PATRICIA BLOOM, MD: That's a very good question. In fact, a big part of what I do is training young physicians. And we really have to remind them to ask about sexual activity because, as I said, people have assumptions that, if you're over a certain age, you're not sexually active. And I think it's very helpful for elderly people, if the doctor does ask them. Because, as you said, they might be somewhat embarrassed or think that it's not a problem that's okay to bring up in the office. So, yeah, I think the physician should ask.

In addition, the actual changes in the vagina and the surrounding tissues are a critical part of what affects older women, but in addition to that are their medical conditions, which can influence either their interest or their ability. And there's a whole range of that, from women with heart disease, who might get chest pain when they're vigorously sexually active, to people with lung disease who might get breathless, or people with arthritis who have difficulty positioning themselves.

And then there's the whole affect of conditions, which influence women's self-esteem, which might just be changes in the body. We live in such a society that thinks you have to be a svelte, lithe young thing to be sexually active. So there might just be embarrassment about shifts in body composition or having a stomach. Or, farther down the line would be things like having had a mastectomy or a colostomy bag or other conditions like that, where women would really have a loss of self-esteem and feel embarrassed, especially if it's with a new partner. Then the situation of having a new partner late in life is a whole new thing that Dagmar probably deals with.

DAGMAR O'CONNOR, PhD: It's a very difficult thing. I think even younger women have body image problems. And then it gets quadrupled when you get into old age. But the nice thing about old age, remember, that your partner also loses his eyesight. It's not as dramatic. But many of the women prefer to have sex in the dark. Many of their partners, men, are much more visually oriented than women and it becomes a problem. "Why do we always have to have it in the dark?"

PATRICIA BLOOM, MD: Do you find that you can convince women to somehow shed that embarrassment and feel somehow more accepting of their bodies?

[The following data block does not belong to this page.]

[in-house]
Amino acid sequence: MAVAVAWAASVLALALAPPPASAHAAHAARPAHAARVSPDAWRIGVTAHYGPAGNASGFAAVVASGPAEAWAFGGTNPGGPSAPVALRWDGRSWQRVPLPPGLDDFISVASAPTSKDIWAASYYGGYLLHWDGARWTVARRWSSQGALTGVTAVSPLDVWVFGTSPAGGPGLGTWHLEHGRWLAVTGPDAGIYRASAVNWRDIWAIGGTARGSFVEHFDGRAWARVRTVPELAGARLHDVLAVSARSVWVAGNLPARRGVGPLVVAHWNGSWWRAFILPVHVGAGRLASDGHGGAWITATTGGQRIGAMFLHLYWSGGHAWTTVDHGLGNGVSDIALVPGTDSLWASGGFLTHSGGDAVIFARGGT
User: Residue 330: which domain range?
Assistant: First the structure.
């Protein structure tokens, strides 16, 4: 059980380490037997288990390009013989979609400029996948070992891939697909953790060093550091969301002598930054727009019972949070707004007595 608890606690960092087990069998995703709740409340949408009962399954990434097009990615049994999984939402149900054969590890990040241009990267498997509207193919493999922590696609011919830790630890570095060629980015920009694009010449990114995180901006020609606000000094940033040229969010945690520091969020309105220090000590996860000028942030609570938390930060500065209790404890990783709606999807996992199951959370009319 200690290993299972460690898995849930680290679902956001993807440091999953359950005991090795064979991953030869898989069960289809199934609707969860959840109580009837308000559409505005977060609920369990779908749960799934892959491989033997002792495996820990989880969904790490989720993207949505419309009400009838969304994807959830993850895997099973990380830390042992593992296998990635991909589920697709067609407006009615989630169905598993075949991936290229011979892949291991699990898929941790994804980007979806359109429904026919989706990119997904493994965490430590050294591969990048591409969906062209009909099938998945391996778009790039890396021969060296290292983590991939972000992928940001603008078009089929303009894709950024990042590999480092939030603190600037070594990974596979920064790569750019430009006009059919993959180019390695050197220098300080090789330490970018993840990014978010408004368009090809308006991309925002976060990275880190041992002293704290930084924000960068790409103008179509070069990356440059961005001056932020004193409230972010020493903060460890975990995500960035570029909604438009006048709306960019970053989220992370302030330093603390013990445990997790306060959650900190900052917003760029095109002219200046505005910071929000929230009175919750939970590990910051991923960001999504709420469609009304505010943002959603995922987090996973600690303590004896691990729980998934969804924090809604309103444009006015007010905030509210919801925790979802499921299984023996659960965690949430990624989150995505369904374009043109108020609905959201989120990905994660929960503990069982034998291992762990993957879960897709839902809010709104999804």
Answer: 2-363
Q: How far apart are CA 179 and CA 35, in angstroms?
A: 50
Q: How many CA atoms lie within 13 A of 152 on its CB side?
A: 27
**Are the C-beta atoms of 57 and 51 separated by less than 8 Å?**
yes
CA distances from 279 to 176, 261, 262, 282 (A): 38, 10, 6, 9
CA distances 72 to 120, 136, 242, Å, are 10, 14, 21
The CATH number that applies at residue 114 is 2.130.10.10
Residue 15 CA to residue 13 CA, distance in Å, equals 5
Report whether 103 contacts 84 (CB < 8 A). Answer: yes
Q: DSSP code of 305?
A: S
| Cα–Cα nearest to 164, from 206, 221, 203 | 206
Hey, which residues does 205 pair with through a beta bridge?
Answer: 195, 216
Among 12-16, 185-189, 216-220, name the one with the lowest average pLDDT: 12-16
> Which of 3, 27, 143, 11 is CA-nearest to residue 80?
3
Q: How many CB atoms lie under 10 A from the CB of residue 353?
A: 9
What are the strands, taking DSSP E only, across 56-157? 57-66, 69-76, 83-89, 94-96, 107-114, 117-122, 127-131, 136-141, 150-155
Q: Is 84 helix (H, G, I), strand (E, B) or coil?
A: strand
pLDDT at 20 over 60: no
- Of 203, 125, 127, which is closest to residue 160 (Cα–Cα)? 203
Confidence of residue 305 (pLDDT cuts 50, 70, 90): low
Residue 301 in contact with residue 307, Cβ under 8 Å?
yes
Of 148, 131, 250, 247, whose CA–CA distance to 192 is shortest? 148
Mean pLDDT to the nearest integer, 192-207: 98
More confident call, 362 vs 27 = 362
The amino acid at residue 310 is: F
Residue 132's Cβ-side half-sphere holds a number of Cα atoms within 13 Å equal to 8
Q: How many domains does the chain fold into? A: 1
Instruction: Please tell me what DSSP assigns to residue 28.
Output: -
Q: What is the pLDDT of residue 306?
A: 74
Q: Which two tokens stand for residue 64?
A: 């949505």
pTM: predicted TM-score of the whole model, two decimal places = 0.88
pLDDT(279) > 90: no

DAGMAR O'CONNOR, PhD: Absolutely.

PATRICIA BLOOM, MD: How do you get them to do that?

DAGMAR O'CONNOR, PhD: I run sexual self-esteem workshops for women of all ages, and men as well. Part of it is learning to love your body the way it looks right now. And I remember a woman who said to me "I didn't learn to love my body until I lost it."

MARK POCHAPIN, MD: That's very interesting. I think sort of in a crisis-oriented society, you could see that happening. In all medical care, it seems to be related to when something's a problem, people address.

DAGMAR O'CONNOR, PhD: It's also important that some of these problems, vaginal problems, there are things you can do about them, and by the time they end up with me in the sex therapy, some of the thinning of the vagina and the painful intercourse can be taken care of by some friction, and what I call traffic. The tissue is the same as any tissue in our body. The more we rub it, if we don't do it too much, the more it stretches. So I work a lot with women to make them more comfortable by just practical means. And also getting them ointments or lubrication.

MARK POCHAPIN, MD: How do women come to a sex therapist? In other words, do they come on their own? Is it a physician that refers them? Is it a urologist or geriatrician? Because as we said earlier, this is really a subject that doesn't get much attention.

DAGMAR O'CONNOR, PhD: A mixture. I get referrals from all of you, and I also get referrals from my book/video packet, which is a do-it-yourself video packet for sex therapy. Couples start using it, and then they get stuck somewhere and they call me. And the so-called transference has already taken place. They know me already.

Also by friends. You feel safe when you have a friend who says "I know this person, and they make me feel safe." So that's another way.

MARK POCHAPIN, MD: The self-esteem issue is interesting to me because that's obviously an issue that's not age-related. That begins way back but seems to become more of an issue as someone gets older. Or maybe it just becomes more of a focus. But how do you address that? What do you do about someone who really doesn't have the self-esteem to move ahead?

DAGMAR O'CONNOR, PhD: It's very often asking them to confront the problem upfront. If you learned that you have to look like a model in order to be sexual, you have to start looking at what you've got. And I have the women stand nude in front of a mirror and look at their bodies and draw pictures, as an artist. I say: "I don't want any comparisons." You've got to come away from this event loving five things about your body. They may start with their feet or their fingernails, but they slowly have to grow to love it. You only do that if you look at it often.